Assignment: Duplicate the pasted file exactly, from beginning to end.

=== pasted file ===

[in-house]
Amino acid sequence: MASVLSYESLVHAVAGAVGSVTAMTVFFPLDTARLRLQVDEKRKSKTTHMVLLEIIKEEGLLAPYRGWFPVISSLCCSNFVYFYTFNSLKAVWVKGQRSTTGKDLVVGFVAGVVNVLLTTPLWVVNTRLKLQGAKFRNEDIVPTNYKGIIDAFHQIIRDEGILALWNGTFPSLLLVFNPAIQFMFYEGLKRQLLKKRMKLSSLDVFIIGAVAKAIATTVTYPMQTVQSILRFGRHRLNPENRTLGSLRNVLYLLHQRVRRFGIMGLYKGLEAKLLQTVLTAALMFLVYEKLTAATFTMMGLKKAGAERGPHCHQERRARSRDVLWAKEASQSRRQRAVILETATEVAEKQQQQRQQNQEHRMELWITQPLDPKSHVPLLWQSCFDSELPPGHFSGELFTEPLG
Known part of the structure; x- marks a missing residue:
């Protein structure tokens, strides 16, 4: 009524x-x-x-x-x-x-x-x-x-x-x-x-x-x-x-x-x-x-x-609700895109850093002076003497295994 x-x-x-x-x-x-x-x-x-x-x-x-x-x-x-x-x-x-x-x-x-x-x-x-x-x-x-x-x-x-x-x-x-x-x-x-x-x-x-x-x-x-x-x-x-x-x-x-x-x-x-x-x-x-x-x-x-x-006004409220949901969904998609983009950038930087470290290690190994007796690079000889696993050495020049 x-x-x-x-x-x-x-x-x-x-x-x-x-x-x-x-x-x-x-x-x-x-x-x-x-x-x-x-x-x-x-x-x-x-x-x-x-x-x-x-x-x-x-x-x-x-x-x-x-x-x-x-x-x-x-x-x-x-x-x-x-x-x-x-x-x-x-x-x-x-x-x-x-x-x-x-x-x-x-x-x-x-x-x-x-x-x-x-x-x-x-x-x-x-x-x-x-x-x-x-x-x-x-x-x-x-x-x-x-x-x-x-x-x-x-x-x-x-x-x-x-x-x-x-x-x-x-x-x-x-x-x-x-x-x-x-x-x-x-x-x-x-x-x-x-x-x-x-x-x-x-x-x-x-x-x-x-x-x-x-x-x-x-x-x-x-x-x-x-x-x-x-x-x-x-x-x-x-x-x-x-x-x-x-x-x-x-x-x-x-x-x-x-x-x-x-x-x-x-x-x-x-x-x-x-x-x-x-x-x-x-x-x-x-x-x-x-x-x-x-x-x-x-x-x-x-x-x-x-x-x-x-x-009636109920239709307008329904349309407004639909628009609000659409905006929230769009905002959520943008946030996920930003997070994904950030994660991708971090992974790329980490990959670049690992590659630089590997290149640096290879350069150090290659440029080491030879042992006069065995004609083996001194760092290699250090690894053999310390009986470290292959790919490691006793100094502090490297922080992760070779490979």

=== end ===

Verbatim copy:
[in-house]
Amino acid sequence: MASVLSYESLVHAVAGAVGSVTAMTVFFPLDTARLRLQVDEKRKSKTTHMVLLEIIKEEGLLAPYRGWFPVISSLCCSNFVYFYTFNSLKAVWVKGQRSTTGKDLVVGFVAGVVNVLLTTPLWVVNTRLKLQGAKFRNEDIVPTNYKGIIDAFHQIIRDEGILALWNGTFPSLLLVFNPAIQFMFYEGLKRQLLKKRMKLSSLDVFIIGAVAKAIATTVTYPMQTVQSILRFGRHRLNPENRTLGSLRNVLYLLHQRVRRFGIMGLYKGLEAKLLQTVLTAALMFLVYEKLTAATFTMMGLKKAGAERGPHCHQERRARSRDVLWAKEASQSRRQRAVILETATEVAEKQQQQRQQNQEHRMELWITQPLDPKSHVPLLWQSCFDSELPPGHFSGELFTEPLG
Known part of the structure; x- marks a missing residue:
């Protein structure tokens, strides 16, 4: 009524x-x-x-x-x-x-x-x-x-x-x-x-x-x-x-x-x-x-x-609700895109850093002076003497295994 x-x-x-x-x-x-x-x-x-x-x-x-x-x-x-x-x-x-x-x-x-x-x-x-x-x-x-x-x-x-x-x-x-x-x-x-x-x-x-x-x-x-x-x-x-x-x-x-x-x-x-x-x-x-x-x-x-x-006004409220949901969904998609983009950038930087470290290690190994007796690079000889696993050495020049 x-x-x-x-x-x-x-x-x-x-x-x-x-x-x-x-x-x-x-x-x-x-x-x-x-x-x-x-x-x-x-x-x-x-x-x-x-x-x-x-x-x-x-x-x-x-x-x-x-x-x-x-x-x-x-x-x-x-x-x-x-x-x-x-x-x-x-x-x-x-x-x-x-x-x-x-x-x-x-x-x-x-x-x-x-x-x-x-x-x-x-x-x-x-x-x-x-x-x-x-x-x-x-x-x-x-x-x-x-x-x-x-x-x-x-x-x-x-x-x-x-x-x-x-x-x-x-x-x-x-x-x-x-x-x-x-x-x-x-x-x-x-x-x-x-x-x-x-x-x-x-x-x-x-x-x-x-x-x-x-x-x-x-x-x-x-x-x-x-x-x-x-x-x-x-x-x-x-x-x-x-x-x-x-x-x-x-x-x-x-x-x-x-x-x-x-x-x-x-x-x-x-x-x-x-x-x-x-x-x-x-x-x-x-x-x-x-x-x-x-x-x-x-x-x-x-x-x-x-x-x-x-x-009636109920239709307008329904349309407004639909628009609000659409905006929230769009905002959520943008946030996920930003997070994904950030994660991708971090992974790329980490990959670049690992590659630089590997290149640096290879350069150090290659440029080491030879042992006069065995004609083996001194760092290699250090690894053999310390009986470290292959790919490691006793100094502090490297922080992760070779490979």